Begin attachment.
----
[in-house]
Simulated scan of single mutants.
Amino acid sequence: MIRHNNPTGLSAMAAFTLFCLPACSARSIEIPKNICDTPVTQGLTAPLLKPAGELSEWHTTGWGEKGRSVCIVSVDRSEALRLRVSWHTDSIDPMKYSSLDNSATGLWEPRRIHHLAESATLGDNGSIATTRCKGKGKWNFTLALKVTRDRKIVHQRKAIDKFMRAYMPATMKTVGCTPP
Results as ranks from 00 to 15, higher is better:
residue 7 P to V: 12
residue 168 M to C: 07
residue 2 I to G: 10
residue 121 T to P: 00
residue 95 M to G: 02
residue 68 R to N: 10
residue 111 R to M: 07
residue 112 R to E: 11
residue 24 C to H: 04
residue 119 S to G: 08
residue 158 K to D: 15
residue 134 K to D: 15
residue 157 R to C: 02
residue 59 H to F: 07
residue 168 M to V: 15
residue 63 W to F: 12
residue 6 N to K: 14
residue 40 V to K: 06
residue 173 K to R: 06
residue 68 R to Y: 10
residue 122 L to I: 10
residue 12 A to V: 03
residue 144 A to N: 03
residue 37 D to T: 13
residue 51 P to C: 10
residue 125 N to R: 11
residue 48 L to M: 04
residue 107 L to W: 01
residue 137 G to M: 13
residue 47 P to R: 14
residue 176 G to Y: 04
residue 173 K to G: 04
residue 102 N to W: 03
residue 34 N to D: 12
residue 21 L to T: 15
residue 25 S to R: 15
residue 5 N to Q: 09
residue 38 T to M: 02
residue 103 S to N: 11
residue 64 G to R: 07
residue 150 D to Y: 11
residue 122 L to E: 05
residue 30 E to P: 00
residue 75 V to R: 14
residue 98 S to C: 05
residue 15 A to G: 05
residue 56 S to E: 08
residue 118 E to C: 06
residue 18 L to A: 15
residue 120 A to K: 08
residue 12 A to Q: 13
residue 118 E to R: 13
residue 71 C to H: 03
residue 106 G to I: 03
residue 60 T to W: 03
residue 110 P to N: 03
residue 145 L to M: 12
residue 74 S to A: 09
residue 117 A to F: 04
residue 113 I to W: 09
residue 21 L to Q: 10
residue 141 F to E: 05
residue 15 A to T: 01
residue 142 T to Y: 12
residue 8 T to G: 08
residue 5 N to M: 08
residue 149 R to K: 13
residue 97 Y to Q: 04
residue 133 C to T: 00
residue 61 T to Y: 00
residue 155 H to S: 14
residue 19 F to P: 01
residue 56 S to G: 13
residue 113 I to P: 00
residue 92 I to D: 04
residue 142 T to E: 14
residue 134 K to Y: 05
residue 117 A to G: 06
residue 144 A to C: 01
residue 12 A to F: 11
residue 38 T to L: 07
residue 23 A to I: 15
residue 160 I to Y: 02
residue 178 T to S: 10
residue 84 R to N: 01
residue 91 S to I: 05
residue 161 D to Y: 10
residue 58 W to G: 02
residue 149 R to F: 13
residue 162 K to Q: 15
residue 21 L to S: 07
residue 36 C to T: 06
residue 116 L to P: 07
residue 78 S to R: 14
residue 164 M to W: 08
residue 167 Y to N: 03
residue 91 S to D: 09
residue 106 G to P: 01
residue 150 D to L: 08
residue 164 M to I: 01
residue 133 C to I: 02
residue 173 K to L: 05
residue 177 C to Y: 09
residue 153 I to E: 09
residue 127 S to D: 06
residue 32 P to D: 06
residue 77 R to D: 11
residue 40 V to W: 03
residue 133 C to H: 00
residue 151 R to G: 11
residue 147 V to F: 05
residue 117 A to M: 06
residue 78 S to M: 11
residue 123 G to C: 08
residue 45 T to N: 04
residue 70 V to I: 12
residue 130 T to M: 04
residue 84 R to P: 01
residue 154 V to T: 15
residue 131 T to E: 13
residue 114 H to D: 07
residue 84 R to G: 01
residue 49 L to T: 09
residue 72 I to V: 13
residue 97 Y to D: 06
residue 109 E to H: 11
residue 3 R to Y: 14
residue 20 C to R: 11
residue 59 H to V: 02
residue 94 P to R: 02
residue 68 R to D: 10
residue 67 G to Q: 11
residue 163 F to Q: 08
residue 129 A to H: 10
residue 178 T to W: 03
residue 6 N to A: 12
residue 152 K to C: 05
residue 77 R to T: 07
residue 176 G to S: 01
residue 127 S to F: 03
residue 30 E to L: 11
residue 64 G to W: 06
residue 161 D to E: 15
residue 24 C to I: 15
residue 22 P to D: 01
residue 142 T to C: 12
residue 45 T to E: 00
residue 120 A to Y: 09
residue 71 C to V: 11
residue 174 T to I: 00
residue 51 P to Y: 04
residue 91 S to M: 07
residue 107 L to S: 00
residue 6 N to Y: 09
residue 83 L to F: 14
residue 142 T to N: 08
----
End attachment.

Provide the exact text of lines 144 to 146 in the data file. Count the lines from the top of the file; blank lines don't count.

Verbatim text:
residue 127 S to F: 03
residue 30 E to L: 11
residue 64 G to W: 06